The rapid growth of technology jobs has led to a push for computer programming and coding classes in schools. Clubs and classes are popping up as early as kindergarten.
Girls Who Code is a national nonprofit that offers coding classes for high school girls. It targets low-income, minority students who may lack access to such programs, but it doesn’t limit admission to those girls alone.
During the school year, the organization teaches coding through after-school clubs. In the summer, it teams up with businesses to offer an intensive, seven-week coding class for girls.
Atlanta businesses that offer summer immersion programs include Accenture, AT&T, General Electric and Turner Broadcasting. Students come from all over the metro region and have various skill levels when they start the session.
Kimberly Luong is a lead teacher at the Girls Who Code summer program taught at AT&T. She says everyone should be able to get something out of the course, regardless of their coding background.
“We just start with the basics,” Luong says. “Sometimes I get the students who already know how to code to help teach the students who don’t. We just give each student an individualized, personalized level of teaching.”
One day in June, at the start of their third week, the 21 girls in Luong’s class work to program a small robot. They are working in groups, using a coding language to tell the robot how to navigate a room.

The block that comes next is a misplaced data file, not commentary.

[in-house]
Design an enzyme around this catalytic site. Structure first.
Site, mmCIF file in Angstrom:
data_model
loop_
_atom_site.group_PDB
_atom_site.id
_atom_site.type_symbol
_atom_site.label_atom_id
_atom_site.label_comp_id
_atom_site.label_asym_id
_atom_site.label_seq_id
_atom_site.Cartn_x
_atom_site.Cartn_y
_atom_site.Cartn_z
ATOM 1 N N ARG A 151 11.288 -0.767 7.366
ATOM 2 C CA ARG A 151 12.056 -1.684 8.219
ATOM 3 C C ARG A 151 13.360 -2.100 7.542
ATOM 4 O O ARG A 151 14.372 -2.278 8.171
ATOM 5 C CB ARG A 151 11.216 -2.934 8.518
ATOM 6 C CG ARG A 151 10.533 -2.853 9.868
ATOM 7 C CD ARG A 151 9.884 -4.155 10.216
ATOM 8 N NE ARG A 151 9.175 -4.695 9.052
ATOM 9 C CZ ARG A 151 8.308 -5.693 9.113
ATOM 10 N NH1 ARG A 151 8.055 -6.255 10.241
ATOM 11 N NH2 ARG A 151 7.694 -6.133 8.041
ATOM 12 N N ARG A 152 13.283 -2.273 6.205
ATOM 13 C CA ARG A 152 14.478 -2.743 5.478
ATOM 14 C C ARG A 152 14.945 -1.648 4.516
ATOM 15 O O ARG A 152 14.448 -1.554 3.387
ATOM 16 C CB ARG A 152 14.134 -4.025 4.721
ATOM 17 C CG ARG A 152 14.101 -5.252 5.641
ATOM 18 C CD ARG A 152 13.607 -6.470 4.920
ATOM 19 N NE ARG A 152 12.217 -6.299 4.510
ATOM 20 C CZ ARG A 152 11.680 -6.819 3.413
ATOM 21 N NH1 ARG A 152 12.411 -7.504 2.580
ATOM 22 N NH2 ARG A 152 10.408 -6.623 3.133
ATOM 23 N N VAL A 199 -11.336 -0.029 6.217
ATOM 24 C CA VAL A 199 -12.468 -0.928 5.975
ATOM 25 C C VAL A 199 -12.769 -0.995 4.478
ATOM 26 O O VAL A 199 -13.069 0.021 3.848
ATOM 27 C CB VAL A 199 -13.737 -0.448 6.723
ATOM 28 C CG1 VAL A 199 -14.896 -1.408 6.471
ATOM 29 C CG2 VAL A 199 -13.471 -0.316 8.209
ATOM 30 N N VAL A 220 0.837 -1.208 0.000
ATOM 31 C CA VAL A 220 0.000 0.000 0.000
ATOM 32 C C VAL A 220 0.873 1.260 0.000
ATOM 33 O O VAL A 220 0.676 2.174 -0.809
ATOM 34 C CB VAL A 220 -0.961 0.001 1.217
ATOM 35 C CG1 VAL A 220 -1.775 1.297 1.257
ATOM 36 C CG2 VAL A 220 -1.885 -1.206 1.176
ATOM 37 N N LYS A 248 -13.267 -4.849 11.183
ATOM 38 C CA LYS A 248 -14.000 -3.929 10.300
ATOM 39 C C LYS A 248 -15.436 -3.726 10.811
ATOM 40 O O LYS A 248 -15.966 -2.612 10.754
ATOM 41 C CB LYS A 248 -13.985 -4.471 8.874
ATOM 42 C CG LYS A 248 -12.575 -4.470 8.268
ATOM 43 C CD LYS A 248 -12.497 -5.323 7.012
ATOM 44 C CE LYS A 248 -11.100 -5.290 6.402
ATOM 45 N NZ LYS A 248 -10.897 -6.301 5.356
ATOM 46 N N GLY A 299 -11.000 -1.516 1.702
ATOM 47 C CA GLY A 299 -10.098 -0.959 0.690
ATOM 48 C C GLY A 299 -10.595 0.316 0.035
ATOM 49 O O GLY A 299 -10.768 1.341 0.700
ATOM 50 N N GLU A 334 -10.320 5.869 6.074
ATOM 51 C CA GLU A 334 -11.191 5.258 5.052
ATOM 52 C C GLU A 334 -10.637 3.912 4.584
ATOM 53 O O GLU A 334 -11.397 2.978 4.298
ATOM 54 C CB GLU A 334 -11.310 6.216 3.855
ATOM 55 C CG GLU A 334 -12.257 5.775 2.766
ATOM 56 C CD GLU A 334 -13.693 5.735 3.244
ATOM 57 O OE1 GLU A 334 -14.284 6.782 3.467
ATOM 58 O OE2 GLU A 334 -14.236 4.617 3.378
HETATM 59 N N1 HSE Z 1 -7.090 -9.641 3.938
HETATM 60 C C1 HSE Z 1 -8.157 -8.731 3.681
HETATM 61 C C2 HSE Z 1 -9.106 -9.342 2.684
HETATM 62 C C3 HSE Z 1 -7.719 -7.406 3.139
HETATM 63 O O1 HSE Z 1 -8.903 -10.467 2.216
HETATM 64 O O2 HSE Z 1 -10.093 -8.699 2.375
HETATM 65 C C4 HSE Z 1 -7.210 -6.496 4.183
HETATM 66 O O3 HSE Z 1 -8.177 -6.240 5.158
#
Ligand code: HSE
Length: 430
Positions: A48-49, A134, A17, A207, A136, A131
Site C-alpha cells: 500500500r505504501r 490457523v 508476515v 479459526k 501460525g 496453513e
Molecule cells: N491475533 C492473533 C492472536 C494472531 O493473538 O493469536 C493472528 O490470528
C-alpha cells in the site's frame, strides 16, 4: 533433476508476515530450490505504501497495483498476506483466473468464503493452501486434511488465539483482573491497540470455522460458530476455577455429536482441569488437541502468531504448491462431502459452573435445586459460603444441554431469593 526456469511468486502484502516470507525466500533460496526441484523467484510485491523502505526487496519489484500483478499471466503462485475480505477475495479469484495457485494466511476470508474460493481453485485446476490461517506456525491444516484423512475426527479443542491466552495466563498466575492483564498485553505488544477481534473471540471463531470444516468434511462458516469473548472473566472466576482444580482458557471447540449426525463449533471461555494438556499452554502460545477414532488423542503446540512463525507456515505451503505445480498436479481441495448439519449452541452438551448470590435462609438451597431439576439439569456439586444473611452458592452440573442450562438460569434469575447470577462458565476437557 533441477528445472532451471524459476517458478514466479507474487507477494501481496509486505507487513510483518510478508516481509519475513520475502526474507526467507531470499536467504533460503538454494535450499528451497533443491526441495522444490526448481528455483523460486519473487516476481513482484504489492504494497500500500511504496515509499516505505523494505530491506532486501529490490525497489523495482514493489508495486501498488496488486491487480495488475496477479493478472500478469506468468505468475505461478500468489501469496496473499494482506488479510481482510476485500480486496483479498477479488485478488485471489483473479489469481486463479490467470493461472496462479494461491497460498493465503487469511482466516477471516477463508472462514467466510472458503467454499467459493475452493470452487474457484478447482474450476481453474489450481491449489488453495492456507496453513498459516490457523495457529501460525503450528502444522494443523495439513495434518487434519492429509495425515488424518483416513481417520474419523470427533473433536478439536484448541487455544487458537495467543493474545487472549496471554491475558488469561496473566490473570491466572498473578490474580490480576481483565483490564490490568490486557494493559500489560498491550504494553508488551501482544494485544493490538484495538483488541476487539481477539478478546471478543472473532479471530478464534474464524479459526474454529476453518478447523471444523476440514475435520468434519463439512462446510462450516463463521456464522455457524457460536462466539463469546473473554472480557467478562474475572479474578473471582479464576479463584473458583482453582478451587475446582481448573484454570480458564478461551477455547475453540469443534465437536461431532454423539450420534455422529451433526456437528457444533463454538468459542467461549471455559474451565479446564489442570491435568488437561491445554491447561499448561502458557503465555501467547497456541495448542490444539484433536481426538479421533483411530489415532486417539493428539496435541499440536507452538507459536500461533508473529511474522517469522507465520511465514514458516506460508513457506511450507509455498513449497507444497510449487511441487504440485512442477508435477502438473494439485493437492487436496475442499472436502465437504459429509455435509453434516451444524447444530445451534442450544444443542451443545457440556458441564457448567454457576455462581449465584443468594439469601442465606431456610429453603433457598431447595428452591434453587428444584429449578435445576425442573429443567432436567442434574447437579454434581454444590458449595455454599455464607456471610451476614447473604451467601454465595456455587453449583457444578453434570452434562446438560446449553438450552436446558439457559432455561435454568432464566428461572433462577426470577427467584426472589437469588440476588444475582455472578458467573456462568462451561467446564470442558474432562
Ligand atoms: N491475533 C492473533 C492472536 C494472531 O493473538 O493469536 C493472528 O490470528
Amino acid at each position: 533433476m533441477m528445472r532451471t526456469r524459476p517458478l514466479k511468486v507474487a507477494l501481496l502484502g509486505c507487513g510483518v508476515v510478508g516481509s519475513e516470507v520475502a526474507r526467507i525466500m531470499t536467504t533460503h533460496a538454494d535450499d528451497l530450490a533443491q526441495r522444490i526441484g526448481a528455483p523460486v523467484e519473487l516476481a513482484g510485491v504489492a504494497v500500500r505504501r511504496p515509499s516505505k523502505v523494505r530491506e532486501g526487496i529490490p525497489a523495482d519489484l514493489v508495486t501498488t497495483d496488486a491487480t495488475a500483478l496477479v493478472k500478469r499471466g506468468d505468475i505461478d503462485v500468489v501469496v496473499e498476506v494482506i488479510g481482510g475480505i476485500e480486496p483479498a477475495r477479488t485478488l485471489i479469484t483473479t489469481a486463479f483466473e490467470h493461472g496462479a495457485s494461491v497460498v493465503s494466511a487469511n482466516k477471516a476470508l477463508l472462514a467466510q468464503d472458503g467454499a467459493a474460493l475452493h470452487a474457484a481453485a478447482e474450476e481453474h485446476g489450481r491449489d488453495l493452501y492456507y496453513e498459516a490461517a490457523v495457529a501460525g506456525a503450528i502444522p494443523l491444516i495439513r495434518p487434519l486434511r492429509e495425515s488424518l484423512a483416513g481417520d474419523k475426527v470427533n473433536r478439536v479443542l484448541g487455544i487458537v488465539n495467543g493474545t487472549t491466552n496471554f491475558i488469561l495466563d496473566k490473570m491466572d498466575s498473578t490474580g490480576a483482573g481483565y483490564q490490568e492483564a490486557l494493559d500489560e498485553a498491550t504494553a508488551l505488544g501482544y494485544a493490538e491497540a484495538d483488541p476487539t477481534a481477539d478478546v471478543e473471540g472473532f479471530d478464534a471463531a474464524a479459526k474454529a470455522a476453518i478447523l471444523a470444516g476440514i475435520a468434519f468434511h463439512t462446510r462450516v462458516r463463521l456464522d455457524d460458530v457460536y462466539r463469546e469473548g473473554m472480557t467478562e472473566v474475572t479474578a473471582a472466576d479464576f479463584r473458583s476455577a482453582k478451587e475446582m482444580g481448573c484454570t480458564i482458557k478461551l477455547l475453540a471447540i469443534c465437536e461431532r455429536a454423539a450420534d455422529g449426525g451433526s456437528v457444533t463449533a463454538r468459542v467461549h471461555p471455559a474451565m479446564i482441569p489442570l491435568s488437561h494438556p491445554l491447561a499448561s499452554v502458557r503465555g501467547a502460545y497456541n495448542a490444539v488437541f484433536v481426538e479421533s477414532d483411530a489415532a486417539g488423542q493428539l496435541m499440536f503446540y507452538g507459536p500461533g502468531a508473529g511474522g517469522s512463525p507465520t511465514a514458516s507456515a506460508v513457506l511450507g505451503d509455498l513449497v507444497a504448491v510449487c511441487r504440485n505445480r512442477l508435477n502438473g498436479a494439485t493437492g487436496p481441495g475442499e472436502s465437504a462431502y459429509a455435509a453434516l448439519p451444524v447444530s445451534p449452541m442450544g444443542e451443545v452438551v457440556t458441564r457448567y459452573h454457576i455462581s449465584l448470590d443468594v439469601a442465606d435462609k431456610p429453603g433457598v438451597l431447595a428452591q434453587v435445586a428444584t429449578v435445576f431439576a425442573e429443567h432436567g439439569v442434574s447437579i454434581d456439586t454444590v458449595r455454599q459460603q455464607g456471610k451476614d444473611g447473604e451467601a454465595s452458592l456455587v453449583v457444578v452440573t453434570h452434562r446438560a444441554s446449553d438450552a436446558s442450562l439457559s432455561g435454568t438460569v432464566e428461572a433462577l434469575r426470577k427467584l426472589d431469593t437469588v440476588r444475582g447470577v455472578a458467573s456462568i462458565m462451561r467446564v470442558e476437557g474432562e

“We’re trying to get the robot to detect obstacles in the room, so if it would move into something, we want it to back up and turn to the right,” explains Kody Jackson, a senior at DeKalb School of the Arts. She wants to be a computer scientist, so she says this class is a good fit for her.
However, Luong says, the class should benefit all students, even if they don’t want to enter the tech sector.
“It’s always good to have coding skills, even if you’re not going to be a computer scientist,” Luong says. “If you want to be maybe a physicist or a chemist, you can use it for data science, or if you’re into fashion, you can use it to do high-level fashion with blinking LEDs.”
However, some experts fear a surge in coding classes could overcorrect the problem. Schools could start producing so many computer scientists they’ll outnumber available jobs. There’s also uncertainty within the tech industry about what those future jobs will be.
“Are we training all of these young people to be coders, and we may not need coders? There’s probably some truth to that,” says Tracy Gray, managing director at the American Institutes for Research and an expert in education and technology. “However, what we are doing is preparing students to be able to tackle STEM [science, technology, engineering and math]-related fields and to feel relatively comfortable with it as the technology changes and the workforce changes.”
Gray says learning to code teaches kids how to problem-solve and think critically.
“It really is about giving them the skills to be cognitively flexible and nimble and to have a sufficient aptitude for jobs of the future and skills of the future.”
Students like Shauntianna Ziegler understand that. She’s a senior at Arabia Mountain High School, where she’s on a health care pathway. She likes learning to code but wants to be a physician one day.
“If I still pursue my health care career path, eventually I could incorporate technology and maybe invent something new that would help,” she says.
Proponents of Girls Who Code say that’s the point of programs like this: that students, like Shauntianna, acquire skills to help them excel in any field they choose.
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